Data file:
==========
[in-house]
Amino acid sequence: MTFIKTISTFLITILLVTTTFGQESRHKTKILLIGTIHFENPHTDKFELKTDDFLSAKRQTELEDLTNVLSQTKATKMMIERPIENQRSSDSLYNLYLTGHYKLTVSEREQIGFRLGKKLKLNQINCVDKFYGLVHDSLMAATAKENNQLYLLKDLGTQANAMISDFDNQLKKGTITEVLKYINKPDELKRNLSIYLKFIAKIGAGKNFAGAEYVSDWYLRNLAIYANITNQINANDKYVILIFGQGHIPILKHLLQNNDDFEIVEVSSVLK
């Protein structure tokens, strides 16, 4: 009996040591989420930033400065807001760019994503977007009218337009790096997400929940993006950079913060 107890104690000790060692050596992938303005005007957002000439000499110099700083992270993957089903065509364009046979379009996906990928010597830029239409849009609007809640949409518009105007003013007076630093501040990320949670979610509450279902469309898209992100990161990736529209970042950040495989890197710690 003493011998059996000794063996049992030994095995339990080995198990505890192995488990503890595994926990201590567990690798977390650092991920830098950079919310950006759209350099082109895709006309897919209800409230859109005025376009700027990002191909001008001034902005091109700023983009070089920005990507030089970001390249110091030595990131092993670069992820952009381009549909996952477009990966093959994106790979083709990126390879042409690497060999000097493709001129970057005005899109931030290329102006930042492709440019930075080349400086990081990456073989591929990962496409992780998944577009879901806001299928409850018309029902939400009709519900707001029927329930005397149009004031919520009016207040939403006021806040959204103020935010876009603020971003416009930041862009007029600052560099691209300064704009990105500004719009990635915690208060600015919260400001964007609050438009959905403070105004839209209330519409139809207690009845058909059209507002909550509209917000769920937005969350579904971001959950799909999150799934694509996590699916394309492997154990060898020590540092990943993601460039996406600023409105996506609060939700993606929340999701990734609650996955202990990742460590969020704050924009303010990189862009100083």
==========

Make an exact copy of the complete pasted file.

[in-house]
Amino acid sequence: MTFIKTISTFLITILLVTTTFGQESRHKTKILLIGTIHFENPHTDKFELKTDDFLSAKRQTELEDLTNVLSQTKATKMMIERPIENQRSSDSLYNLYLTGHYKLTVSEREQIGFRLGKKLKLNQINCVDKFYGLVHDSLMAATAKENNQLYLLKDLGTQANAMISDFDNQLKKGTITEVLKYINKPDELKRNLSIYLKFIAKIGAGKNFAGAEYVSDWYLRNLAIYANITNQINANDKYVILIFGQGHIPILKHLLQNNDDFEIVEVSSVLK
């Protein structure tokens, strides 16, 4: 009996040591989420930033400065807001760019994503977007009218337009790096997400929940993006950079913060 107890104690000790060692050596992938303005005007957002000439000499110099700083992270993957089903065509364009046979379009996906990928010597830029239409849009609007809640949409518009105007003013007076630093501040990320949670979610509450279902469309898209992100990161990736529209970042950040495989890197710690 003493011998059996000794063996049992030994095995339990080995198990505890192995488990503890595994926990201590567990690798977390650092991920830098950079919310950006759209350099082109895709006309897919209800409230859109005025376009700027990002191909001008001034902005091109700023983009070089920005990507030089970001390249110091030595990131092993670069992820952009381009549909996952477009990966093959994106790979083709990126390879042409690497060999000097493709001129970057005005899109931030290329102006930042492709440019930075080349400086990081990456073989591929990962496409992780998944577009879901806001299928409850018309029902939400009709519900707001029927329930005397149009004031919520009016207040939403006021806040959204103020935010876009603020971003416009930041862009007029600052560099691209300064704009990105500004719009990635915690208060600015919260400001964007609050438009959905403070105004839209209330519409139809207690009845058909059209507002909550509209917000769920937005969350579904971001959950799909999150799934694509996590699916394309492997154990060898020590540092990943993601460039996406600023409105996506609060939700993606929340999701990734609650996955202990990742460590969020704050924009303010990189862009100083």